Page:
Five Patients

The Saturday night dinner party brought together the largest gathering of our med school class over our 35th reunion weekend. We began our days together in August of 1980, almost four decades ago someone pointed out. Now with everyone in the seventh decade of life, the main topic of the evening focused on retirement. “Are you still working?” echoed across the rooms and groups in conversation. The majority still had active practices but had plans for the next chapter.

One of my classmates said, “I heard you’re writing a memoir. I think all of us should write about our five most memorable patients.”

“You know the medical thriller writer, Michael Crichton, wrote exactly that book, Five Patients,” I said.

My classmate went on to relay the story of one of his five patients. Although he wasn’t interested in neurosurgery as a surgery intern, he was on call for neurosurgery at the Medical University of South Carolina in Charleston. He found himself totally unprepared for a man who shot himself in the head. Somehow due to the lifesaving measures the patient received that night he survived. After months of recovery, he eventually walked out of the hospital. Several years later the same patient returned with another gunshot wound to his head and once again survived.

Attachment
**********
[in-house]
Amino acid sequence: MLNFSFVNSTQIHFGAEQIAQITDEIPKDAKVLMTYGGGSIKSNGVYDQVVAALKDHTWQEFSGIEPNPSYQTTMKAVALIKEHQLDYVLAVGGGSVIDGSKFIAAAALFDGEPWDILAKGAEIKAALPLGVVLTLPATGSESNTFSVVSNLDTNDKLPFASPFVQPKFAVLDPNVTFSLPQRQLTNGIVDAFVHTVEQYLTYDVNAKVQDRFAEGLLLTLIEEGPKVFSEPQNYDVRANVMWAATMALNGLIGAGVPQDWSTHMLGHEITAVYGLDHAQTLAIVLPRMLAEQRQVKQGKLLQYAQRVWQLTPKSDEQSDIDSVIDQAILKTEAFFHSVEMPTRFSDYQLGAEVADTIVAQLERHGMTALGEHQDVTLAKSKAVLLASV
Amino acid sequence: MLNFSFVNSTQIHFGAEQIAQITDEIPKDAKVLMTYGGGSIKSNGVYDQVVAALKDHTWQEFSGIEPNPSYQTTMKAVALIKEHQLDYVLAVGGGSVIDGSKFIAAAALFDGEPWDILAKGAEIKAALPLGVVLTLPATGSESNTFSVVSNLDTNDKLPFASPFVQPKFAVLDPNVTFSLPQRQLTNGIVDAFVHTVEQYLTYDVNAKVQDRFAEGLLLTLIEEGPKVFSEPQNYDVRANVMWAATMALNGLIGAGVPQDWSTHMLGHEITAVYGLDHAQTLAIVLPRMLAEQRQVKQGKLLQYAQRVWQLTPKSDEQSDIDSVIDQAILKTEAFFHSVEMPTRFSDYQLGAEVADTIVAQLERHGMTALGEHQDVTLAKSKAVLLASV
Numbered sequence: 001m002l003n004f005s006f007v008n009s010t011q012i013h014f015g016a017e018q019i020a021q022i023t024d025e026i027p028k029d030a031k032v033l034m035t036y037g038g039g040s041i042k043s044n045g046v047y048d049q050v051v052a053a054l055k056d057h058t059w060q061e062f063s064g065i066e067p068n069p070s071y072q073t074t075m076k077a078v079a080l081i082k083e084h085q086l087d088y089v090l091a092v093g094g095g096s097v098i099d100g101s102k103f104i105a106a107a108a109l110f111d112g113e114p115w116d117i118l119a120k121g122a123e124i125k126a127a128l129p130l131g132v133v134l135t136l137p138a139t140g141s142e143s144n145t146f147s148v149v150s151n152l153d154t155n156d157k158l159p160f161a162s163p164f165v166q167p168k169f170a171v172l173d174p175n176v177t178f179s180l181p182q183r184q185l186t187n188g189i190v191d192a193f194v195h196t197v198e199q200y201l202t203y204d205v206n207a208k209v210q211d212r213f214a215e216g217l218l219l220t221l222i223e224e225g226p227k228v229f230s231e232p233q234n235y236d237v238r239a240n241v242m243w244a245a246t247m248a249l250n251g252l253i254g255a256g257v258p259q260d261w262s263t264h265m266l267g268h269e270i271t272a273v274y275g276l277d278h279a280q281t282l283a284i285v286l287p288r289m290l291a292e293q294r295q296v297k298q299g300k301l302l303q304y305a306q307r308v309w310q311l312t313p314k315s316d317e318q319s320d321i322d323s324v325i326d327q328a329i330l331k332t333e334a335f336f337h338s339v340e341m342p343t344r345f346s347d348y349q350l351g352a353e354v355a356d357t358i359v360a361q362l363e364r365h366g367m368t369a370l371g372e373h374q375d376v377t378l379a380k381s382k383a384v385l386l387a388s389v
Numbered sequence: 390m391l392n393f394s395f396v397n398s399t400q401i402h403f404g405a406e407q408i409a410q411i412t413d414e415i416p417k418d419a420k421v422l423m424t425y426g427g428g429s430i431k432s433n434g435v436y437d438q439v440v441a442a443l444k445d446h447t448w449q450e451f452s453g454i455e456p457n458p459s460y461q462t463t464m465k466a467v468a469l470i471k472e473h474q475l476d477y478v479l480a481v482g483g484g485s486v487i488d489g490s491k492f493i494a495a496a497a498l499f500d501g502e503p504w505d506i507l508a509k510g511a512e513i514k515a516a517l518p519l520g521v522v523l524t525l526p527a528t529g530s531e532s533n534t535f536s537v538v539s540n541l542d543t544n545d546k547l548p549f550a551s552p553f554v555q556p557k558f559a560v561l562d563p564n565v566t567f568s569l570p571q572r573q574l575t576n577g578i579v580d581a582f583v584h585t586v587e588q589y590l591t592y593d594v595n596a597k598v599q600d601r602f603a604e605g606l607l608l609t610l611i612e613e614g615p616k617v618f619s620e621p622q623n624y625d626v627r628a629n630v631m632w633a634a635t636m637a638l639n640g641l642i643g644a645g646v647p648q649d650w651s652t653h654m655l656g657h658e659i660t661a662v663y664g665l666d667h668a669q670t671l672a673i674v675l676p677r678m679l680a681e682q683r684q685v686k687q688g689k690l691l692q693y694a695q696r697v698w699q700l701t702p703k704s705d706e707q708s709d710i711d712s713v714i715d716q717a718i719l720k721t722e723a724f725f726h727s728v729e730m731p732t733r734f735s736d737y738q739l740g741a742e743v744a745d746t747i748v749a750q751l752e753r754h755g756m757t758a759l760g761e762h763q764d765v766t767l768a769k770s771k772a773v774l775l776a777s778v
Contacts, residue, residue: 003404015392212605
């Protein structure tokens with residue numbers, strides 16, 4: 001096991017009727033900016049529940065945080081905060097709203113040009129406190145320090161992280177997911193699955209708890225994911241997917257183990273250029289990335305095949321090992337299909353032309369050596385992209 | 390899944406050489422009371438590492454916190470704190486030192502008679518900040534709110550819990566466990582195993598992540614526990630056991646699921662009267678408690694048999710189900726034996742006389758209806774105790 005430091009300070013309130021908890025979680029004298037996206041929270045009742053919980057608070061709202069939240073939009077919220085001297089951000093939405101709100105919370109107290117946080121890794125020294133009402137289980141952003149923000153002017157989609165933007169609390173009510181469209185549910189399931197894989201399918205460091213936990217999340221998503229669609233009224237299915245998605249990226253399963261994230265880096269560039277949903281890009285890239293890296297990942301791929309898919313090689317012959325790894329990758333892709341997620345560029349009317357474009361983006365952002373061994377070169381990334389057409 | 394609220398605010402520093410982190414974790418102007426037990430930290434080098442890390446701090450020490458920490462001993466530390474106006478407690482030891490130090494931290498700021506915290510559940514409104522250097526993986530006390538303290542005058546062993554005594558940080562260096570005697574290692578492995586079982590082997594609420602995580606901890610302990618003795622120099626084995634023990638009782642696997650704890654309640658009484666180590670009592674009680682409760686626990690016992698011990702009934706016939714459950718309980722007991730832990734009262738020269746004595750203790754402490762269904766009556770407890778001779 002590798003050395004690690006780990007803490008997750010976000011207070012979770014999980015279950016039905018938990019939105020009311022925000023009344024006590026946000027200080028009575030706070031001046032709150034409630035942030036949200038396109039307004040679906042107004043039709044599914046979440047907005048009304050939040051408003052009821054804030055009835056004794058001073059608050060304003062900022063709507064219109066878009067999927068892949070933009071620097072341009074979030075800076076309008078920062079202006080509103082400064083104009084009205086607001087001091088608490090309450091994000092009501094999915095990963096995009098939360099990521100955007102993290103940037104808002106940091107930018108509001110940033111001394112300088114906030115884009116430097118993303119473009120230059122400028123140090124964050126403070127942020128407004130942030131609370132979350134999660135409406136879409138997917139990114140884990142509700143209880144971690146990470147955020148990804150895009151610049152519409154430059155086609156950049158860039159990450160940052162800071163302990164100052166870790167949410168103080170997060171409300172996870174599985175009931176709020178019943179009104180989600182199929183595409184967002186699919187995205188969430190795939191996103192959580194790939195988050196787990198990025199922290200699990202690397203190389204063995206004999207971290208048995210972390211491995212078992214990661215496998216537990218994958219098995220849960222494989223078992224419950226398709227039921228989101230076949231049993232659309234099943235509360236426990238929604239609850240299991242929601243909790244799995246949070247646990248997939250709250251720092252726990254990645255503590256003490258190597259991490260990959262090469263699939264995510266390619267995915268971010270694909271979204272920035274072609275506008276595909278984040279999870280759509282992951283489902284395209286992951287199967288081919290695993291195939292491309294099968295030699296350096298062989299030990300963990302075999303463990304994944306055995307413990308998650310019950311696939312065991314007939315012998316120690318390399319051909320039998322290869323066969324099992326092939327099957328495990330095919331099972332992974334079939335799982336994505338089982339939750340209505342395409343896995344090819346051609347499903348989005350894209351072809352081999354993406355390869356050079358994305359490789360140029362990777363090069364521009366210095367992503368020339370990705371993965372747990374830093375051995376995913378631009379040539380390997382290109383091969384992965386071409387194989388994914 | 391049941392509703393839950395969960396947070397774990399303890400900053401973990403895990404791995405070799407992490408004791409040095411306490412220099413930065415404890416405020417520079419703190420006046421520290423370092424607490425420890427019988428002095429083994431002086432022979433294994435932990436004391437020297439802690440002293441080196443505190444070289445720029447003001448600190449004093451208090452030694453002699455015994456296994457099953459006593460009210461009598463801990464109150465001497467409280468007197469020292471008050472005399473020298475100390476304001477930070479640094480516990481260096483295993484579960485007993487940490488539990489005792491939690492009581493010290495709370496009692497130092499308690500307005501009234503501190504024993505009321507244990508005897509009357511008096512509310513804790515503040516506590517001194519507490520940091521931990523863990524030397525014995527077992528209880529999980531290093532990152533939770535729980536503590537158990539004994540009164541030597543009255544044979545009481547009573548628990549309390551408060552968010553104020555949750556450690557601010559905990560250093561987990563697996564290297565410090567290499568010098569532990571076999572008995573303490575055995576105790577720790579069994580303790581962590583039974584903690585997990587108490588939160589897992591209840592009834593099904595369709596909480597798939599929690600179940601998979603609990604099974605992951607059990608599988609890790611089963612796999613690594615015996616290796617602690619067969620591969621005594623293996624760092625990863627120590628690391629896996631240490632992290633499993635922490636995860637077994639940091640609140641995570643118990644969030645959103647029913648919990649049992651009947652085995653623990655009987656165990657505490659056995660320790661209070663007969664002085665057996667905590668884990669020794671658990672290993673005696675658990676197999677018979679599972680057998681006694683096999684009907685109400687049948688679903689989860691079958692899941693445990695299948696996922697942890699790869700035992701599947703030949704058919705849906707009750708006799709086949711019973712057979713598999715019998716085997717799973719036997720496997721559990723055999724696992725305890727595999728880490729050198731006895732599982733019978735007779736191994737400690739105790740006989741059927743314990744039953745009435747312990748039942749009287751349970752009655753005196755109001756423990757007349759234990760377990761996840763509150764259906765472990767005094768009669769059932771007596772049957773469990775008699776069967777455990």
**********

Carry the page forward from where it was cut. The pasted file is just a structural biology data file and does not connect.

My classmate questioned how often we just patch people up without trying to fix the underlying causes whether it’s diabetes, heart disease, depression, or any problem. Our system is still geared to crisis management rather than looking under the hood for the real problem and certainly not health promotion.

Michael Crichton’s book published in 1970 described his experiences as a fourth-year medical student. His five patients in the Massachusetts General Hospital emergency room inspired the long-running television show, ER. Crichton also wrote for the television show.

In Foreword of his 25th Anniversary edition of Five Patients Crichton wrote: “When I reread the book recently, I was struck by how much in medicine has changed – and also, by how much has not changed.” His observation still rings true today. As we talked about memorable patients, much has changed over the past 35 years but much remains the same.

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